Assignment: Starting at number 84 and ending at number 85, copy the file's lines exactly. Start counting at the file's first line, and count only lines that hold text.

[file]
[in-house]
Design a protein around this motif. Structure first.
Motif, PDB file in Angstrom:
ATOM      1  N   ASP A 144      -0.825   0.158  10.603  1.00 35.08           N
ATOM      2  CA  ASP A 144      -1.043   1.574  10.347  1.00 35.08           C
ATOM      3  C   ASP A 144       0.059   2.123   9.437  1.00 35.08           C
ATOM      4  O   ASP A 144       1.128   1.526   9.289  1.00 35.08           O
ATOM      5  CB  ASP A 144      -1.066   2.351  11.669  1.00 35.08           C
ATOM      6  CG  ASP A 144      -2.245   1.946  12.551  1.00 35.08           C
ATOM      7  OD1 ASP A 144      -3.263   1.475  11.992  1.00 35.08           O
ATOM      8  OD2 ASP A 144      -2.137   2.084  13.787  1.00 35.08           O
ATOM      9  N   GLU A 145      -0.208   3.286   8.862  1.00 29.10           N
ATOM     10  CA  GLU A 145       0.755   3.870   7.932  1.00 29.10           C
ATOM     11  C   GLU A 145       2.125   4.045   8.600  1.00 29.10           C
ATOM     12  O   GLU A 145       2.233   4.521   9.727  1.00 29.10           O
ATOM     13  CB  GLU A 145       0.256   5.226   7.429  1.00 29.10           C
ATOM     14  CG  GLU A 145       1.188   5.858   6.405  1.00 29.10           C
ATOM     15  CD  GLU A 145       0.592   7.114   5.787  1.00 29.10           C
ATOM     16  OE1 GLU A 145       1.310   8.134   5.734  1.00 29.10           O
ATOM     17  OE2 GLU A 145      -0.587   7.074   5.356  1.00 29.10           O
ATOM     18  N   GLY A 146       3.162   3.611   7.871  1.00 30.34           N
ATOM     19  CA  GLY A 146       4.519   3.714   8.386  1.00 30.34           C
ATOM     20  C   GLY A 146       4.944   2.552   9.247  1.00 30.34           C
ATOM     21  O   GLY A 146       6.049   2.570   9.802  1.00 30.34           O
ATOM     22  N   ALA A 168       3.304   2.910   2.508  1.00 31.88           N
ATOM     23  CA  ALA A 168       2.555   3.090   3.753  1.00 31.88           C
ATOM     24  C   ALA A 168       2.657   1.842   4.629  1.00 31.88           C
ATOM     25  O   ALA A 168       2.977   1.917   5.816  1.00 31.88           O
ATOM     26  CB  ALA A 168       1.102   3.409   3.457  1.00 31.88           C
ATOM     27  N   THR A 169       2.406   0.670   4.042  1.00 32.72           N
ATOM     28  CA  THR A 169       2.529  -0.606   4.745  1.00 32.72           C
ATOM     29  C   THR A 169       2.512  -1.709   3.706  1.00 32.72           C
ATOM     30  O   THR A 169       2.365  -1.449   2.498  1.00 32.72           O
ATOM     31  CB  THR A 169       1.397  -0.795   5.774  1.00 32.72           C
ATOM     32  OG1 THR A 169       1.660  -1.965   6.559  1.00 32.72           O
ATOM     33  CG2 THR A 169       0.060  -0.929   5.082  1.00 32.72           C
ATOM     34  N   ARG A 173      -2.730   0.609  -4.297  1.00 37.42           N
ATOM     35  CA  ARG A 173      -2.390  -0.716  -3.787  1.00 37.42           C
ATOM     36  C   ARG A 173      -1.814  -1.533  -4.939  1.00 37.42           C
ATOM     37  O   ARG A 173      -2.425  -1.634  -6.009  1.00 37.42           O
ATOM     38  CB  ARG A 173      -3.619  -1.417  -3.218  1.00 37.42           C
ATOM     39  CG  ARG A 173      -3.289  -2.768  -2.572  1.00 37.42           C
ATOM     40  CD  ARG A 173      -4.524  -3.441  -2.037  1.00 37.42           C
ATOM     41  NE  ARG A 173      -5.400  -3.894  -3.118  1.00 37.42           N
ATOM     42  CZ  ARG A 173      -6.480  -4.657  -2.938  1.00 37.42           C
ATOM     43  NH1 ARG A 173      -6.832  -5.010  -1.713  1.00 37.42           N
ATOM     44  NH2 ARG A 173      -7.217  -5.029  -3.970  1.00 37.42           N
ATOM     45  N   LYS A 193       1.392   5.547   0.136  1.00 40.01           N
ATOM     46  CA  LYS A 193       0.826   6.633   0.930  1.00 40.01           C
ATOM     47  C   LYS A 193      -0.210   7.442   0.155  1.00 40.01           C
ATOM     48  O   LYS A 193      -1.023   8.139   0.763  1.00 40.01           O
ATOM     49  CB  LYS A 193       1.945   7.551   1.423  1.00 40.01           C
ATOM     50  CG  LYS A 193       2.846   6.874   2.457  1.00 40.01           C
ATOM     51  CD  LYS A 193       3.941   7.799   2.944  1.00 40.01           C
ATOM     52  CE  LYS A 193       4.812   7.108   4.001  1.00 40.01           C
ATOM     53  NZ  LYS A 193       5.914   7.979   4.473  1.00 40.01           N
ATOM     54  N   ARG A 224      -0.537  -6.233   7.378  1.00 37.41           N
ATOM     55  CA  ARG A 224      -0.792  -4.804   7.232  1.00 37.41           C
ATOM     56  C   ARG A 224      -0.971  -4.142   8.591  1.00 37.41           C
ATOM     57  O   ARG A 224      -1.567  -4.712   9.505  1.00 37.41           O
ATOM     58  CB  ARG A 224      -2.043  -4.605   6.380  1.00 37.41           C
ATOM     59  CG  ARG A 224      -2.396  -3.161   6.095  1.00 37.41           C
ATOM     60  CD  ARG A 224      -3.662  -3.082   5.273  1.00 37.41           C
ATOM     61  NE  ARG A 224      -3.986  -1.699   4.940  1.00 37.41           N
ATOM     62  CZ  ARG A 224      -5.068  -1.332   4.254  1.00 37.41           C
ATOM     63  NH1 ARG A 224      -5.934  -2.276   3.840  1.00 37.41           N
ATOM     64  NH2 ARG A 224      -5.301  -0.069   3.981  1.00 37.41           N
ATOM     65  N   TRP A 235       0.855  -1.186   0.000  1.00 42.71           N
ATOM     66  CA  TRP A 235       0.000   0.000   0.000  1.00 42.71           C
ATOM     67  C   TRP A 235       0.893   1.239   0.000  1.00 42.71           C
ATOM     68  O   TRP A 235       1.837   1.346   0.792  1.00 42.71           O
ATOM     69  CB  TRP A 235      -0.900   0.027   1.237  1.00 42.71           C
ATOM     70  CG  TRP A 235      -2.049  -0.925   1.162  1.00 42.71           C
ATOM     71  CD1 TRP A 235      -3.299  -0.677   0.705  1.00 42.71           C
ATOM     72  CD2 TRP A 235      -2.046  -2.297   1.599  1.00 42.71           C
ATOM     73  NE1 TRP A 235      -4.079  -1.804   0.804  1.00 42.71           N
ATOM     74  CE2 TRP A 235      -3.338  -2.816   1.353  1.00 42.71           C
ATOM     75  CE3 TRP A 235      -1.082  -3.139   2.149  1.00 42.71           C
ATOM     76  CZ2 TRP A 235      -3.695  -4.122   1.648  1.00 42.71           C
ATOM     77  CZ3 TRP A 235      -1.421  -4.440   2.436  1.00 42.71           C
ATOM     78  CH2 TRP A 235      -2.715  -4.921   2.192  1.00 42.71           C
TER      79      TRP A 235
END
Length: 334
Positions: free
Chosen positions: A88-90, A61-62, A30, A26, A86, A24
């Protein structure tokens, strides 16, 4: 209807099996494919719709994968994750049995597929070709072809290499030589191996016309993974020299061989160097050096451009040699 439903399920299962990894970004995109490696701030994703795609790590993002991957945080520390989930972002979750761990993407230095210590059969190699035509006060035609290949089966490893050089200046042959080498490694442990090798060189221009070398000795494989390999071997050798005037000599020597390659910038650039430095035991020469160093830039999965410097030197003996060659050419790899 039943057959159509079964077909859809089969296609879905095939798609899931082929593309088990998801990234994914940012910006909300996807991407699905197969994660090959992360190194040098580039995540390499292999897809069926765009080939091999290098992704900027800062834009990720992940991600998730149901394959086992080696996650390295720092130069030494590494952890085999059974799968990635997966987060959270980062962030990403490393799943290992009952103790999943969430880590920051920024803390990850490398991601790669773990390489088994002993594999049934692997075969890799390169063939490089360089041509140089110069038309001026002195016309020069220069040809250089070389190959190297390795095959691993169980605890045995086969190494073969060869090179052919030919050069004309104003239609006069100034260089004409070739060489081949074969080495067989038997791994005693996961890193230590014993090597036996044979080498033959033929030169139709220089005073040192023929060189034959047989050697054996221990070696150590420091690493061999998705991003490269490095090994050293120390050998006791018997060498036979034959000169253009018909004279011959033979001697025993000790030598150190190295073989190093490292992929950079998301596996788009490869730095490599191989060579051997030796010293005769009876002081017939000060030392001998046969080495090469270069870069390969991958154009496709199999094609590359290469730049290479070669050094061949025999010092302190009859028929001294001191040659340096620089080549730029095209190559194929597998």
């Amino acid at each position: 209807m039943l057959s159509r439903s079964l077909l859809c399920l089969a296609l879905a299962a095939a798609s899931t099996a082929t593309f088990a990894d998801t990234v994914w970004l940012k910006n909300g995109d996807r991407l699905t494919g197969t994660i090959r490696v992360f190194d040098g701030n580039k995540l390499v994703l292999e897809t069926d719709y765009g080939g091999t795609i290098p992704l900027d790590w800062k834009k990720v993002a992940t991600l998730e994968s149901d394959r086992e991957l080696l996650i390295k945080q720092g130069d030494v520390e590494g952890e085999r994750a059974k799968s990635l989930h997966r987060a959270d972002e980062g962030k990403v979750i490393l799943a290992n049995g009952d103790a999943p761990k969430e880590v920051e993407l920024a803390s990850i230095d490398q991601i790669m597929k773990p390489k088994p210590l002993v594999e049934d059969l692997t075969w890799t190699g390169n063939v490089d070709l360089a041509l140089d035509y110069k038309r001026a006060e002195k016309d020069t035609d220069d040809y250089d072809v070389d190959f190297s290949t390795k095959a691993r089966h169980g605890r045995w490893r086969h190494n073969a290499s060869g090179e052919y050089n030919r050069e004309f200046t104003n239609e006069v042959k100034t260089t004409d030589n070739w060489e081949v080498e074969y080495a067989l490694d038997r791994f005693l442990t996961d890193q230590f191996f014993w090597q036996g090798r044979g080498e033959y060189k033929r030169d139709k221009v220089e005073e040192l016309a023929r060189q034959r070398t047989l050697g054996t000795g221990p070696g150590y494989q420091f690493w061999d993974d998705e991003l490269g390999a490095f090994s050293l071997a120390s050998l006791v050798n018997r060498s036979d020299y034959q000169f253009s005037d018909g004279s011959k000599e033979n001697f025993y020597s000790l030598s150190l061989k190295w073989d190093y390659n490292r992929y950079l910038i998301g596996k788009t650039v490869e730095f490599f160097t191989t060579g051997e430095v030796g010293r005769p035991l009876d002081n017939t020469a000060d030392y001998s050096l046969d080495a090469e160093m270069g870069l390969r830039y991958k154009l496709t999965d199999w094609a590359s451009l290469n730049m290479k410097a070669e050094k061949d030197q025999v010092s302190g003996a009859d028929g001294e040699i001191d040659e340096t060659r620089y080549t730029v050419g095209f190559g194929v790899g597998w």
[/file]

Length: 334
Positions: free